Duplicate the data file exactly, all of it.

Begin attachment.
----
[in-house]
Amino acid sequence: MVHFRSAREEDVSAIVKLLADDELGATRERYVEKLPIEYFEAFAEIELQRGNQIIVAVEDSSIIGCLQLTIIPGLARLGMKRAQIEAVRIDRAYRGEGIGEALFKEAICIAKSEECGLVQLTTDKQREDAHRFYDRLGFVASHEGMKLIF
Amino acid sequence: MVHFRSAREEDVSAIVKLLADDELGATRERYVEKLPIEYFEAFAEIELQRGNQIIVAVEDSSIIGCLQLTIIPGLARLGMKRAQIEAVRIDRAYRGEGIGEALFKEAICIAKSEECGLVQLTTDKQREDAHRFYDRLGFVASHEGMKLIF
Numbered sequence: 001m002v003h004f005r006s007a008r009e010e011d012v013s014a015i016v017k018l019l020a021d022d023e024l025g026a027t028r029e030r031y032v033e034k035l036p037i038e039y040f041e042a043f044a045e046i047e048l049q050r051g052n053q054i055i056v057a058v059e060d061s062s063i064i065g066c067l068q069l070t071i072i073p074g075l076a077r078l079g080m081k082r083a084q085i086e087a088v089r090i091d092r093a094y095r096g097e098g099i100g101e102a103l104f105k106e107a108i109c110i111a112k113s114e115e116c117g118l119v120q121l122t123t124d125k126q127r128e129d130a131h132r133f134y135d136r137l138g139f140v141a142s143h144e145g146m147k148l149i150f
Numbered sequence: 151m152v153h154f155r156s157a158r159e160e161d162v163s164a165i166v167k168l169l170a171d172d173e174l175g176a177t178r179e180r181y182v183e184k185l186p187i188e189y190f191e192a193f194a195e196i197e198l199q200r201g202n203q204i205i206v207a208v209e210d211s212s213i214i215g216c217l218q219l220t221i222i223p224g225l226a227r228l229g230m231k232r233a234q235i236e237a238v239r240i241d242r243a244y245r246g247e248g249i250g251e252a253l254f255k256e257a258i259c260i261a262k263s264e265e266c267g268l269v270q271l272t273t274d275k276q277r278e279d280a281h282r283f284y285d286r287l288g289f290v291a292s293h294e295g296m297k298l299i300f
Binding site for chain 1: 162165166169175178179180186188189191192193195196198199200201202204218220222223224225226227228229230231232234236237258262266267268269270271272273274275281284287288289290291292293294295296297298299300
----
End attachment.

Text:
[in-house]
Amino acid sequence: MVHFRSAREEDVSAIVKLLADDELGATRERYVEKLPIEYFEAFAEIELQRGNQIIVAVEDSSIIGCLQLTIIPGLARLGMKRAQIEAVRIDRAYRGEGIGEALFKEAICIAKSEECGLVQLTTDKQREDAHRFYDRLGFVASHEGMKLIF
Amino acid sequence: MVHFRSAREEDVSAIVKLLADDELGATRERYVEKLPIEYFEAFAEIELQRGNQIIVAVEDSSIIGCLQLTIIPGLARLGMKRAQIEAVRIDRAYRGEGIGEALFKEAICIAKSEECGLVQLTTDKQREDAHRFYDRLGFVASHEGMKLIF
Numbered sequence: 001m002v003h004f005r006s007a008r009e010e011d012v013s014a015i016v017k018l019l020a021d022d023e024l025g026a027t028r029e030r031y032v033e034k035l036p037i038e039y040f041e042a043f044a045e046i047e048l049q050r051g052n053q054i055i056v057a058v059e060d061s062s063i064i065g066c067l068q069l070t071i072i073p074g075l076a077r078l079g080m081k082r083a084q085i086e087a088v089r090i091d092r093a094y095r096g097e098g099i100g101e102a103l104f105k106e107a108i109c110i111a112k113s114e115e116c117g118l119v120q121l122t123t124d125k126q127r128e129d130a131h132r133f134y135d136r137l138g139f140v141a142s143h144e145g146m147k148l149i150f
Numbered sequence: 151m152v153h154f155r156s157a158r159e160e161d162v163s164a165i166v167k168l169l170a171d172d173e174l175g176a177t178r179e180r181y182v183e184k185l186p187i188e189y190f191e192a193f194a195e196i197e198l199q200r201g202n203q204i205i206v207a208v209e210d211s212s213i214i215g216c217l218q219l220t221i222i223p224g225l226a227r228l229g230m231k232r233a234q235i236e237a238v239r240i241d242r243a244y245r246g247e248g249i250g251e252a253l254f255k256e257a258i259c260i261a262k263s264e265e266c267g268l269v270q271l272t273t274d275k276q277r278e279d280a281h282r283f284y285d286r287l288g289f290v291a292s293h294e295g296m297k298l299i300f
Binding site for chain 1: 162165166169175178179180186188189191192193195196198199200201202204218220222223224225226227228229230231232234236237258262266267268269270271272273274275281284287288289290291292293294295296297298299300